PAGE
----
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Overview and Final Score: 6.0
As I alluded to in my gear reviews primer the other day, the Squier Affinity Series Telecaster is one of the best comparisons for a guitar in the 5- 6 range. That’s not a dig on this guitar either, for around $200 you’re getting a solid, if unspectacular guitar that you can rely on again and again to get that Tele spank and Fender vibe. The Affinity Tele is always one of the best “partscaster” candidates too, as it is cheap enough and good enough to hot rod into the Tele of your dream on a budget. Keep your eyes open for a future project doing just that!
It sounds like a Tele, it looks like a Tele, but it costs less than your average Fender Tele. I don’t mean to sound like a broken record here, but the Affinity Telecaster just really sounds, well, okay. The single coils stay true enough to that classic Telecaster slap, spank, and twang making it a great option for country, blues, or classic rock. The issues that suppress the score are nothing new for guitars in this price range; the bass strings are too dark, the high strings are too bright, the wiring is poor leading to poor volume and tone control spread. None of these issues are necessarily deal breakers, they are just things to consider and potentially plan around. Having an amp or pedals with adjustable EQ makes up somewhat for it, and a noise gate to help minimize the buzzy, single coil hum also helps. But overall, if you want Telecaster tone, this thing will take you from Led Zeppelin I to Brad Paisley.
The neck on the guitar is finished just enough to not be uncomfortable to play, but not finished enough to speed up and down with ease. The frets are also decent, not too sharp but no rounded edges or carefully dressed jumbo frets here. The maple neck is stable however, and the guitar was intonated incredibly well out of the box. Furthermore, I was surprised at how well the guitar stayed in tune, similarly priced Squier’s I’ve played before barely held up through a 30 minutes of bends and barre chords. This guitar however, stayed in tune for at least a couple hours every time I played it at jam sessions or just in my room.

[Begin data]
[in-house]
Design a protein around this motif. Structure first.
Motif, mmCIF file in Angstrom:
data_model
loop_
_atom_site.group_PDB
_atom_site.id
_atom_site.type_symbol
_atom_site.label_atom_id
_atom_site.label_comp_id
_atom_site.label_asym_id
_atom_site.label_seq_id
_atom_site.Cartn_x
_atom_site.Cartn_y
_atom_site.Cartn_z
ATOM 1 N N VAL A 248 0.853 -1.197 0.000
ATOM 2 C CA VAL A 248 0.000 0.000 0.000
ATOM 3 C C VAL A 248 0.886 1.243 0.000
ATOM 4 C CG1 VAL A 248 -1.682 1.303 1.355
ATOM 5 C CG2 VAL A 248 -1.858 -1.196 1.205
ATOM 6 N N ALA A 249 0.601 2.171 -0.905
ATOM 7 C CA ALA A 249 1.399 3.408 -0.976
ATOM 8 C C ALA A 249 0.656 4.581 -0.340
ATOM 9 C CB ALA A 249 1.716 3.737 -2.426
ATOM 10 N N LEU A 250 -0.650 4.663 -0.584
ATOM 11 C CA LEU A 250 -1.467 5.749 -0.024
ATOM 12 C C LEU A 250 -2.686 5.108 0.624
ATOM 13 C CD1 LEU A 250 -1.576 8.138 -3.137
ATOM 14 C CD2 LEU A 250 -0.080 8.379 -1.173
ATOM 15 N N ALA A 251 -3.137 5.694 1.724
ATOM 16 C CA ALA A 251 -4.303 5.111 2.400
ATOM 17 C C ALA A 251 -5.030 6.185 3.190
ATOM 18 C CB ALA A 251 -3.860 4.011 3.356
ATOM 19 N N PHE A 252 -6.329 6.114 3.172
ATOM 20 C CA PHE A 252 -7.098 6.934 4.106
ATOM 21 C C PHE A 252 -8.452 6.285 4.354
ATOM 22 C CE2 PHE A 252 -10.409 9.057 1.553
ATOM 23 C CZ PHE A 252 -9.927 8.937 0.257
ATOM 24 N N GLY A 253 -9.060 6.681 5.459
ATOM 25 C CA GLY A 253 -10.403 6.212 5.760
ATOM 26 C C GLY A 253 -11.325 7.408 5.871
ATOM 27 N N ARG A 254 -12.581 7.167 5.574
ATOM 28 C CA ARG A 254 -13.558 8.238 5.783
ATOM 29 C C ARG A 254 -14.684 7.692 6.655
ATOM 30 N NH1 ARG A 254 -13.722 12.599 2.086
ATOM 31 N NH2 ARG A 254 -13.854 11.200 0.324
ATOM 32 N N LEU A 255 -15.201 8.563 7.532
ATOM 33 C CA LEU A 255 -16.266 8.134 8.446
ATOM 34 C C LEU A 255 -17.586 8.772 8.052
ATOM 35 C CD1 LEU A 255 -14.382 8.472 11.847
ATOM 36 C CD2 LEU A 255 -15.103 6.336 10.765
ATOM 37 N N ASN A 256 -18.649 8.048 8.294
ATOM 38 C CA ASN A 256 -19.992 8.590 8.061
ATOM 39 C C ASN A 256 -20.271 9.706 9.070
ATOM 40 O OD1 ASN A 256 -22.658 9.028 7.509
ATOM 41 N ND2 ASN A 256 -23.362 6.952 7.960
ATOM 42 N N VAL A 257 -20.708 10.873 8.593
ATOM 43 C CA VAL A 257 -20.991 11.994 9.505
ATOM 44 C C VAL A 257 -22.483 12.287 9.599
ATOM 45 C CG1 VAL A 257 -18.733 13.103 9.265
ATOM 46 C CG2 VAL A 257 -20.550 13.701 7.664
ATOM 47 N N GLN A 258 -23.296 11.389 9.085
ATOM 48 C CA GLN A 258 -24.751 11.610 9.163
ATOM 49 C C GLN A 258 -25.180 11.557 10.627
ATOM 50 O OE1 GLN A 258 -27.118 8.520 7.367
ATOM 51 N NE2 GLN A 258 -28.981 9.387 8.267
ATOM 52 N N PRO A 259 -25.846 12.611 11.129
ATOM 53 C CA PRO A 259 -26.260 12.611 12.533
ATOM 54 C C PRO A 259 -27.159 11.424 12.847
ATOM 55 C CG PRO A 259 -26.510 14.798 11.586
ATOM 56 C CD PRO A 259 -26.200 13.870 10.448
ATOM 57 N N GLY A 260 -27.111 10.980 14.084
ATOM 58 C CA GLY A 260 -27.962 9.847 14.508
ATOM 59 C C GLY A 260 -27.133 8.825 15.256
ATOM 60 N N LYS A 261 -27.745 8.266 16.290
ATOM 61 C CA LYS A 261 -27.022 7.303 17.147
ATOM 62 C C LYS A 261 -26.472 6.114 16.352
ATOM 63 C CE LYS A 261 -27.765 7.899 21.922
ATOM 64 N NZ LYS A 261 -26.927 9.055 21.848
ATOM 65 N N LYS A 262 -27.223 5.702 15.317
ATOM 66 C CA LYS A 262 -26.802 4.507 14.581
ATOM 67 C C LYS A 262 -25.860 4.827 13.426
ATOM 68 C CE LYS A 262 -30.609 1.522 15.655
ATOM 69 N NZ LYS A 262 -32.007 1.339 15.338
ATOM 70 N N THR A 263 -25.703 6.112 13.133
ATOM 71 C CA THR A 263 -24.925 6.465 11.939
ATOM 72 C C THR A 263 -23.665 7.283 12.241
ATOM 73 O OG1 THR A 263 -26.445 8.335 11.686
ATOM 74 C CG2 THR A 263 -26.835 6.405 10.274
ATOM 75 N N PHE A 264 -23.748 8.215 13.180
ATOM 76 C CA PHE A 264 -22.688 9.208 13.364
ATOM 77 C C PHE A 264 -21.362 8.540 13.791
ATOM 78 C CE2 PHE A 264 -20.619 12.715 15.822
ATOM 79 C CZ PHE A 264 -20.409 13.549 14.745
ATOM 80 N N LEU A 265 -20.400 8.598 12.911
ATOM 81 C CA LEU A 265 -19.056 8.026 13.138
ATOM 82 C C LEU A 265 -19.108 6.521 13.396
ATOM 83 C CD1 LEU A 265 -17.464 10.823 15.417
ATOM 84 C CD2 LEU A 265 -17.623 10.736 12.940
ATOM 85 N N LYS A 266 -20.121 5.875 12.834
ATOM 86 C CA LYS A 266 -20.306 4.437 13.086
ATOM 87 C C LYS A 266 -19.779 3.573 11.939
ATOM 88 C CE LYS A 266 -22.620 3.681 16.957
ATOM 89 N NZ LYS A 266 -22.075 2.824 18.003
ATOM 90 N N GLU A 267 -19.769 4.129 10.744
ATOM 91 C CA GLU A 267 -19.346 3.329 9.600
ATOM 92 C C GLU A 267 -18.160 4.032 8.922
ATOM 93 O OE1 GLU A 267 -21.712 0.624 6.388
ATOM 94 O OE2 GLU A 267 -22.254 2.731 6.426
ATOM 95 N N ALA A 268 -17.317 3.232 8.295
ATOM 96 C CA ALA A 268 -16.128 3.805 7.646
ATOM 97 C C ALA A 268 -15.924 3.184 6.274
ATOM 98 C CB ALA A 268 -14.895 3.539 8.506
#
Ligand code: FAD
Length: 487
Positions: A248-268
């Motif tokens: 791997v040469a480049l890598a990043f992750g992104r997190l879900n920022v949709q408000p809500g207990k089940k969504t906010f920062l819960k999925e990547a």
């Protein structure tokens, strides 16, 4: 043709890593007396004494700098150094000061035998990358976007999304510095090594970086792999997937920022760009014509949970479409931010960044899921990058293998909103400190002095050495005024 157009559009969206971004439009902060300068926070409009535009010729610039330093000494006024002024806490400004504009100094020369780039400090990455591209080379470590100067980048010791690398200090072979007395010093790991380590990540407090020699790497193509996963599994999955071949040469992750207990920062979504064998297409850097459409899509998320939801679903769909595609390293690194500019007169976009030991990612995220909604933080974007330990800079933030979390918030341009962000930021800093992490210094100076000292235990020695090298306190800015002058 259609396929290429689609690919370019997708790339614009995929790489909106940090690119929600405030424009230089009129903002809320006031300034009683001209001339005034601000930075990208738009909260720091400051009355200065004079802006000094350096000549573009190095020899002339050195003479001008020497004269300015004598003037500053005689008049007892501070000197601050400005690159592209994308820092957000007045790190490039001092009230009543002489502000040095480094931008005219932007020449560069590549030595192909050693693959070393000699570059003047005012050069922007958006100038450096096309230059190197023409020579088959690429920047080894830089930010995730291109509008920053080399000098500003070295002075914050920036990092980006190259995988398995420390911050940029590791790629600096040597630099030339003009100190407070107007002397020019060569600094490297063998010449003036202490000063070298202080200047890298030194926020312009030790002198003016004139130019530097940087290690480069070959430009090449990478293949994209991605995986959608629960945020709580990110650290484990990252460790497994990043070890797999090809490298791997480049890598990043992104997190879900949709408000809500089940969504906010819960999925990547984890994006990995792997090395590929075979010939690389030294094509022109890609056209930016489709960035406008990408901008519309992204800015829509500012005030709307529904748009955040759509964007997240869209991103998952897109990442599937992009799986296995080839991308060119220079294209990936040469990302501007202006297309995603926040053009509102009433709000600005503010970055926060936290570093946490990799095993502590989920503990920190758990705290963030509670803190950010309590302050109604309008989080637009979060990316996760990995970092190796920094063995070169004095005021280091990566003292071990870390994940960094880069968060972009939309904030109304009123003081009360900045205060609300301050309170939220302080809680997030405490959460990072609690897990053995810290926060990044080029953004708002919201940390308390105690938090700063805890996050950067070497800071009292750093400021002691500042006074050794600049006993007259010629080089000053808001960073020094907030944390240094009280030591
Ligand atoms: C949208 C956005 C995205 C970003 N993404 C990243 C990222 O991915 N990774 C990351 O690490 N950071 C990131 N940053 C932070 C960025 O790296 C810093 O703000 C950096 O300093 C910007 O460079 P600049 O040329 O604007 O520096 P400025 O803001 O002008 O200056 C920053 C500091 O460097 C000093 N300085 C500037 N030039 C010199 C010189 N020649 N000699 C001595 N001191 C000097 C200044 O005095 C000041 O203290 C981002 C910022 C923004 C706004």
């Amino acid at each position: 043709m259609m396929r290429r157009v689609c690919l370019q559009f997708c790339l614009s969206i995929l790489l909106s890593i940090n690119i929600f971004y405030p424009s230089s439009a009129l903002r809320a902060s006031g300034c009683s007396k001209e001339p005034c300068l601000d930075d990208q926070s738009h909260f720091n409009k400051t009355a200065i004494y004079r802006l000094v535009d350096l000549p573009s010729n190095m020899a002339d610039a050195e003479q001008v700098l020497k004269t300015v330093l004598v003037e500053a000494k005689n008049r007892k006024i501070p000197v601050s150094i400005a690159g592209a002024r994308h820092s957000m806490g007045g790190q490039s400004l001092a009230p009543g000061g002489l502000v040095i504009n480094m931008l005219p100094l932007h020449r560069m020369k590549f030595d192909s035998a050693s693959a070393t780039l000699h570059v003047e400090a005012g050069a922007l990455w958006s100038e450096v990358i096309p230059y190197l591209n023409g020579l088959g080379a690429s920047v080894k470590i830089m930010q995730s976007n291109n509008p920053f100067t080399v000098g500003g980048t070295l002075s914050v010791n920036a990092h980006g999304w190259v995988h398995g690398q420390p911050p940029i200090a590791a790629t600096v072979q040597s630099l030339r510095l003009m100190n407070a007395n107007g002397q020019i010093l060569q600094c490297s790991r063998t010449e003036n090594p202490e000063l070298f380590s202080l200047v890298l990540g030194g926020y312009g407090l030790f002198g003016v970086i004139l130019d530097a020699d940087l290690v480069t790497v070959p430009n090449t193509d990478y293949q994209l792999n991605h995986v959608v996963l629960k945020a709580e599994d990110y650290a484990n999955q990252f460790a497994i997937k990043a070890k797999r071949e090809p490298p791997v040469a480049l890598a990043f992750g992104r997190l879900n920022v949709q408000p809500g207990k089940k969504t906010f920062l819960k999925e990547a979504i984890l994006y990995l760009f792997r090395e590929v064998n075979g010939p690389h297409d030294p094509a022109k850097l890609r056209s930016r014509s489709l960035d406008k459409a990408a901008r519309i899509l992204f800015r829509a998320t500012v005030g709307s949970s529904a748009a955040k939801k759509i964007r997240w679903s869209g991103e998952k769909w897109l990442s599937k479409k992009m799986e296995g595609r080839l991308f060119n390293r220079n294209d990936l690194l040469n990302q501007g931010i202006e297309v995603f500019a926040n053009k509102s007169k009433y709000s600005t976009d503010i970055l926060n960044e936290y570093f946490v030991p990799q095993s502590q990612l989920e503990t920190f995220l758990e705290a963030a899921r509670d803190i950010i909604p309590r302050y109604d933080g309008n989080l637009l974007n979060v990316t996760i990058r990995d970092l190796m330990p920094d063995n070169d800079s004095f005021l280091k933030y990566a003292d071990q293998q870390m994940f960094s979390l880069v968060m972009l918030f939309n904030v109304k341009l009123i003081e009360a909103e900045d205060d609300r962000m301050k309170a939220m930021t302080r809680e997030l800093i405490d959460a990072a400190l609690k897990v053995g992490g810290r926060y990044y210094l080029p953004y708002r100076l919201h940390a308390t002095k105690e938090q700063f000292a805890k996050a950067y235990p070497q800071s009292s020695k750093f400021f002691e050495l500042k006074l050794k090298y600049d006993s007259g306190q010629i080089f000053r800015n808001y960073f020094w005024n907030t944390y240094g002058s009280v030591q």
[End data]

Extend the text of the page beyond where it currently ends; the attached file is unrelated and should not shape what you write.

Finish and Construction: 5
I purchased my Affinity Telecaster in black with a white pick guard in honor of one of my heroes, Joe Strummer. The finish on the body itself wasn’t too bad, it felt thick and sturdy, and has hardly chipped since I got it. Unfortunately, the guitar came with a few dings and scratches already in the finish, nothing major, but a common occurrence in this price range. As I said before, the neck finish not too bad but far from the nitro finishes or heavy Poly finishes on Mexican and American models. The construction was solid overall and the guitar feels light, balanced, and ready to hit the stage. The only construction issue is the necks could always use a set up or fret work, even if the guitar is intonated well.
Despite all the flaws, these guitars are a great value because of how reliable they are. The mass production of Squier models under the Fender umbrella also helps cut costs and keep quality high despite low costs. And, one again, these are fantastic options to be upgraded as part of “partscaster” build, wire in new pickups, replace the neck, tuners, or nut, and you’ve got a hell of a guitar for less than $500. Despite being an average instrument, I definitely can advise against buying it, especially for beginners and students.